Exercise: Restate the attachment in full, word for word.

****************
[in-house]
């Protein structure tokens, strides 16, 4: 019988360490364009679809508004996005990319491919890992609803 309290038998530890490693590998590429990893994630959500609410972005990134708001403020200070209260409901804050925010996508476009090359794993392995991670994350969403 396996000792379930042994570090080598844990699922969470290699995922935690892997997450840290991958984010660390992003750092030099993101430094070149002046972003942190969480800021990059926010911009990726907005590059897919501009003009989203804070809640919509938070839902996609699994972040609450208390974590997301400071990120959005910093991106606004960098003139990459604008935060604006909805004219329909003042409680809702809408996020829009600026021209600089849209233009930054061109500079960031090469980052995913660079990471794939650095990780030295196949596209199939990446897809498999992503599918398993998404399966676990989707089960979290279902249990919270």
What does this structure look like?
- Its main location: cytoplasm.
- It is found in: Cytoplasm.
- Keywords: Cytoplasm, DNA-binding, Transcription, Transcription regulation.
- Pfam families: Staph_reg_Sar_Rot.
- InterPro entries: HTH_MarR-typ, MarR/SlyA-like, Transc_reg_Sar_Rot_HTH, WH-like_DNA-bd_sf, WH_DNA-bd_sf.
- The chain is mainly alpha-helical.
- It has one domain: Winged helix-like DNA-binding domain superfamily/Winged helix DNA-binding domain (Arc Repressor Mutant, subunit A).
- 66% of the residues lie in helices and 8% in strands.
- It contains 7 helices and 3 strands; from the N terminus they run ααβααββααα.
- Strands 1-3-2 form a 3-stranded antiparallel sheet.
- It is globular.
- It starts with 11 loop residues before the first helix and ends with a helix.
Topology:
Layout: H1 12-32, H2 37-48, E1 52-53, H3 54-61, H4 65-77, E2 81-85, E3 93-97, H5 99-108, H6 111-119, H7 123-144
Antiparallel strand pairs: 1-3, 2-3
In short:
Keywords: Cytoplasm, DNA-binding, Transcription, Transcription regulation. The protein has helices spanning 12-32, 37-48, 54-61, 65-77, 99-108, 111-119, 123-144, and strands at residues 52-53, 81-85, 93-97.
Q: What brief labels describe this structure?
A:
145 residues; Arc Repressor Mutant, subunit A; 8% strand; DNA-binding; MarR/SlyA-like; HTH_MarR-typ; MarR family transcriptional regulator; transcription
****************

[in-house]
């Protein structure tokens, strides 16, 4: 019988360490364009679809508004996005990319491919890992609803 309290038998530890490693590998590429990893994630959500609410972005990134708001403020200070209260409901804050925010996508476009090359794993392995991670994350969403 396996000792379930042994570090080598844990699922969470290699995922935690892997997450840290991958984010660390992003750092030099993101430094070149002046972003942190969480800021990059926010911009990726907005590059897919501009003009989203804070809640919509938070839902996609699994972040609450208390974590997301400071990120959005910093991106606004960098003139990459604008935060604006909805004219329909003042409680809702809408996020829009600026021209600089849209233009930054061109500079960031090469980052995913660079990471794939650095990780030295196949596209199939990446897809498999992503599918398993998404399966676990989707089960979290279902249990919270």
What does this structure look like?
- Its main location: cytoplasm.
- It is found in: Cytoplasm.
- Keywords: Cytoplasm, DNA-binding, Transcription, Transcription regulation.
- Pfam families: Staph_reg_Sar_Rot.
- InterPro entries: HTH_MarR-typ, MarR/SlyA-like, Transc_reg_Sar_Rot_HTH, WH-like_DNA-bd_sf, WH_DNA-bd_sf.
- The chain is mainly alpha-helical.
- It has one domain: Winged helix-like DNA-binding domain superfamily/Winged helix DNA-binding domain (Arc Repressor Mutant, subunit A).
- 66% of the residues lie in helices and 8% in strands.
- It contains 7 helices and 3 strands; from the N terminus they run ααβααββααα.
- Strands 1-3-2 form a 3-stranded antiparallel sheet.
- It is globular.
- It starts with 11 loop residues before the first helix and ends with a helix.
Topology:
Layout: H1 12-32, H2 37-48, E1 52-53, H3 54-61, H4 65-77, E2 81-85, E3 93-97, H5 99-108, H6 111-119, H7 123-144
Antiparallel strand pairs: 1-3, 2-3
In short:
Keywords: Cytoplasm, DNA-binding, Transcription, Transcription regulation. The protein has helices spanning 12-32, 37-48, 54-61, 65-77, 99-108, 111-119, 123-144, and strands at residues 52-53, 81-85, 93-97.
Q: What brief labels describe this structure?
A:
145 residues; Arc Repressor Mutant, subunit A; 8% strand; DNA-binding; MarR/SlyA-like; HTH_MarR-typ; MarR family transcriptional regulator; transcription